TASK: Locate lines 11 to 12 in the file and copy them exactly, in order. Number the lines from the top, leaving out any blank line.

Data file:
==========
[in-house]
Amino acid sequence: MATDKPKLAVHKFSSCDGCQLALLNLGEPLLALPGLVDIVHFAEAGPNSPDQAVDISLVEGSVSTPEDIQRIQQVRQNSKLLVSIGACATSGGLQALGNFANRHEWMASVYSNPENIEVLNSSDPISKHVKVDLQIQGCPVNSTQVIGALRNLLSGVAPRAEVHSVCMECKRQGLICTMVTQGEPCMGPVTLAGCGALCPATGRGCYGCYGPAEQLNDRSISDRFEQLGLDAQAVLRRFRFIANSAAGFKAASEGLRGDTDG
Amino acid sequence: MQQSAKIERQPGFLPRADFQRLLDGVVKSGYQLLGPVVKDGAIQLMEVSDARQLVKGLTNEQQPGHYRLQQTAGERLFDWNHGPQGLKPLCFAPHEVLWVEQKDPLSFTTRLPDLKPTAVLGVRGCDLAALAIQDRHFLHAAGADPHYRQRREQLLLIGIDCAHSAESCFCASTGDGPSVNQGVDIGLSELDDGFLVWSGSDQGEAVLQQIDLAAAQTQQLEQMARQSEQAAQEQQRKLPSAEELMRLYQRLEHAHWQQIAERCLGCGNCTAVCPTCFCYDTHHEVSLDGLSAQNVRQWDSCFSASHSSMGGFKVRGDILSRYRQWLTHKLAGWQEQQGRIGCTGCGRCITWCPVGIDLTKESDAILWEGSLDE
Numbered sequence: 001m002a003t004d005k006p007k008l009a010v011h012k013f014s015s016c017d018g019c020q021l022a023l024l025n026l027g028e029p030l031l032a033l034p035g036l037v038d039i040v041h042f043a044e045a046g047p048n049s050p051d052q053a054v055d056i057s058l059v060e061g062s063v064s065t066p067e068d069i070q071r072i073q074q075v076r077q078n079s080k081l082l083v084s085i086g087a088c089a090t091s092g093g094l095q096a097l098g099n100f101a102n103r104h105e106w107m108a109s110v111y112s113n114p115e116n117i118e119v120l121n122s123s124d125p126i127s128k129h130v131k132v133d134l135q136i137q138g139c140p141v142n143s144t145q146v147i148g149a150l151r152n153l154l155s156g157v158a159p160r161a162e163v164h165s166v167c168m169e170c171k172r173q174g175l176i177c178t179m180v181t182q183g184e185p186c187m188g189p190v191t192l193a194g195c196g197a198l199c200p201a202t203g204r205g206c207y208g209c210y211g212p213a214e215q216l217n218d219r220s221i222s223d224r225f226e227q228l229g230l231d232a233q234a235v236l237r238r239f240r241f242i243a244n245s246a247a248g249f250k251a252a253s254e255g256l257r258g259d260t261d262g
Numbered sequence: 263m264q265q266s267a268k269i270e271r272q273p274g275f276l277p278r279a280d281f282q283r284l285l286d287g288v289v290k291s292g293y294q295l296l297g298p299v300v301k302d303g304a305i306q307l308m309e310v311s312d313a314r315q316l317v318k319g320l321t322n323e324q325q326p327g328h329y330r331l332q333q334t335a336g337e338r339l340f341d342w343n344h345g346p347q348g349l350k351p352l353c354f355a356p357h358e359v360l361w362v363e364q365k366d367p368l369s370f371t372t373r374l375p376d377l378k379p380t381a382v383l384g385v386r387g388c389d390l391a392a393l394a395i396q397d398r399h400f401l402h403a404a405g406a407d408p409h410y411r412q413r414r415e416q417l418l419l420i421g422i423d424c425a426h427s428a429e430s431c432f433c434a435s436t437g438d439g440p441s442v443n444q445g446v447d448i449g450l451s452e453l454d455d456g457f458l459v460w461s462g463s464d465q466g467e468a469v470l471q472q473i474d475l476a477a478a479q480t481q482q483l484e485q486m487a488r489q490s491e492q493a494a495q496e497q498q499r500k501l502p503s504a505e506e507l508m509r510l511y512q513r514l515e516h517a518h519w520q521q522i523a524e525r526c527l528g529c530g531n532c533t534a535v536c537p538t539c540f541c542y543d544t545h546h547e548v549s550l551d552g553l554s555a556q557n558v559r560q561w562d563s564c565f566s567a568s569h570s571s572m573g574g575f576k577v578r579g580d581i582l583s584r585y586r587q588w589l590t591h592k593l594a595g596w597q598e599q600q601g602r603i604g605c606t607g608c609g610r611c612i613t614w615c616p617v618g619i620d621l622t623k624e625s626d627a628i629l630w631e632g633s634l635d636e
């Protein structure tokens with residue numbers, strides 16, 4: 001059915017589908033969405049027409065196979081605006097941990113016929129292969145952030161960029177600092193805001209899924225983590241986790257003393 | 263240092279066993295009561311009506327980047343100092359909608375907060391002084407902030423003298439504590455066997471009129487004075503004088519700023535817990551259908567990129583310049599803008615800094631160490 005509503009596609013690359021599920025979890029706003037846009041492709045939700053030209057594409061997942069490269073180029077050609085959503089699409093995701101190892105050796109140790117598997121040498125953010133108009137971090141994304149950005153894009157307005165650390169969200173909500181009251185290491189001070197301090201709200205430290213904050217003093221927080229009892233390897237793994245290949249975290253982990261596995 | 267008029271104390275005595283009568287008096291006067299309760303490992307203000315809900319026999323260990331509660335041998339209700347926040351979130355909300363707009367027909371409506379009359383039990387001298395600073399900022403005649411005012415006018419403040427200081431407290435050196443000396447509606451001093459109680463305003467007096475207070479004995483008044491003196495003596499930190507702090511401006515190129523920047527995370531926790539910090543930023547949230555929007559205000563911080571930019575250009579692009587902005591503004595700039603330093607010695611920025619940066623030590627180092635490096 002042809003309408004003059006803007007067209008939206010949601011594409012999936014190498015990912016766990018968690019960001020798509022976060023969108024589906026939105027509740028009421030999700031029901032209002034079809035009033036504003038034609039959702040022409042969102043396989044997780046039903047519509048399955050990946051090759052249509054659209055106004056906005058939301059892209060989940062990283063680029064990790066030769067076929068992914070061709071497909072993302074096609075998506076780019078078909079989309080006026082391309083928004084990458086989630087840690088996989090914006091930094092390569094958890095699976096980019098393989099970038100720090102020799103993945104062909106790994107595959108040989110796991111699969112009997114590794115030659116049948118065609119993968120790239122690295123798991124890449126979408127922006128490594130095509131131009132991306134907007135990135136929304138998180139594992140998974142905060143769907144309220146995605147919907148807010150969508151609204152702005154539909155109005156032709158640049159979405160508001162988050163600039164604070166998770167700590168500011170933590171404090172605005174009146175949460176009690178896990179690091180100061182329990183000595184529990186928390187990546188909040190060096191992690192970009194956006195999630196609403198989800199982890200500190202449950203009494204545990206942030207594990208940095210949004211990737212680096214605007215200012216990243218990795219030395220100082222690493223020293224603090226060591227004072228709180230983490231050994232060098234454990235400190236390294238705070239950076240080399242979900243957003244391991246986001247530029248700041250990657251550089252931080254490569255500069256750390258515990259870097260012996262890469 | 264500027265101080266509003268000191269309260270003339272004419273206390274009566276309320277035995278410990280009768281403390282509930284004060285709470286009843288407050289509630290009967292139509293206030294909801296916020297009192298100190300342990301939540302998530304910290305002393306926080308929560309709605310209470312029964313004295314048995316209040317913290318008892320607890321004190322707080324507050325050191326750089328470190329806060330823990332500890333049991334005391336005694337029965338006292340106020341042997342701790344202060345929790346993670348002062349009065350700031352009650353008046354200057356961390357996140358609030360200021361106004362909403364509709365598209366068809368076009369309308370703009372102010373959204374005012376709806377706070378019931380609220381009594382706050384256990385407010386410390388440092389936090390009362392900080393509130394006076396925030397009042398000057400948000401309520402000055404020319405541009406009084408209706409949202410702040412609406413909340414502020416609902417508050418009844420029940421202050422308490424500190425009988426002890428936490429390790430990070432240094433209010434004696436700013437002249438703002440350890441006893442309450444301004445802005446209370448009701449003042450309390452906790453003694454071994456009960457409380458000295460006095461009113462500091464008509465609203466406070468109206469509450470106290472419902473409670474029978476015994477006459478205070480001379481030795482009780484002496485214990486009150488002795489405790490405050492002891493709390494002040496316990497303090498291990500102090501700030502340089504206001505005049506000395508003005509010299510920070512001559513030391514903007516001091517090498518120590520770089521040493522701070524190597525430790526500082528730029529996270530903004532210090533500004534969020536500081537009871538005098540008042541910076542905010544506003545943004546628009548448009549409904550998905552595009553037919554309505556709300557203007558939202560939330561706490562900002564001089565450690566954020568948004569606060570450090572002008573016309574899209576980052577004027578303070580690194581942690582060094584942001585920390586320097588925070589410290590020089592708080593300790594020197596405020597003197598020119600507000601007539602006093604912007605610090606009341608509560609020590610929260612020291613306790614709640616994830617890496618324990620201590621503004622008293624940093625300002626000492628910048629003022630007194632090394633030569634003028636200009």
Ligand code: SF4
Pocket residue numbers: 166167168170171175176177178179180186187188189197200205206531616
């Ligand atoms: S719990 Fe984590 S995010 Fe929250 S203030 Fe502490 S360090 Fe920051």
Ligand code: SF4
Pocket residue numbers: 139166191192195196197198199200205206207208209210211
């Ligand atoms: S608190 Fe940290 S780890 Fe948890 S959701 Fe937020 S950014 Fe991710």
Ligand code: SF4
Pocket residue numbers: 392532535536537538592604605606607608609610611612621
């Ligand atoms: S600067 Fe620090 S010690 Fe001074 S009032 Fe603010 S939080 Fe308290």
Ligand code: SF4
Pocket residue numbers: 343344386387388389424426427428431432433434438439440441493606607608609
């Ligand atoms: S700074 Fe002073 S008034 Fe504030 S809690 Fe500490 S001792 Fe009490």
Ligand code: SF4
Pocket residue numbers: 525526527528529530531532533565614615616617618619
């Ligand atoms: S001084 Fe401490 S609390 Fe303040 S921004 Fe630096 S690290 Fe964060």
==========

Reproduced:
Pocket residue numbers: 139166191192195196197198199200205206207208209210211
């Ligand atoms: S608190 Fe940290 S780890 Fe948890 S959701 Fe937020 S950014 Fe991710």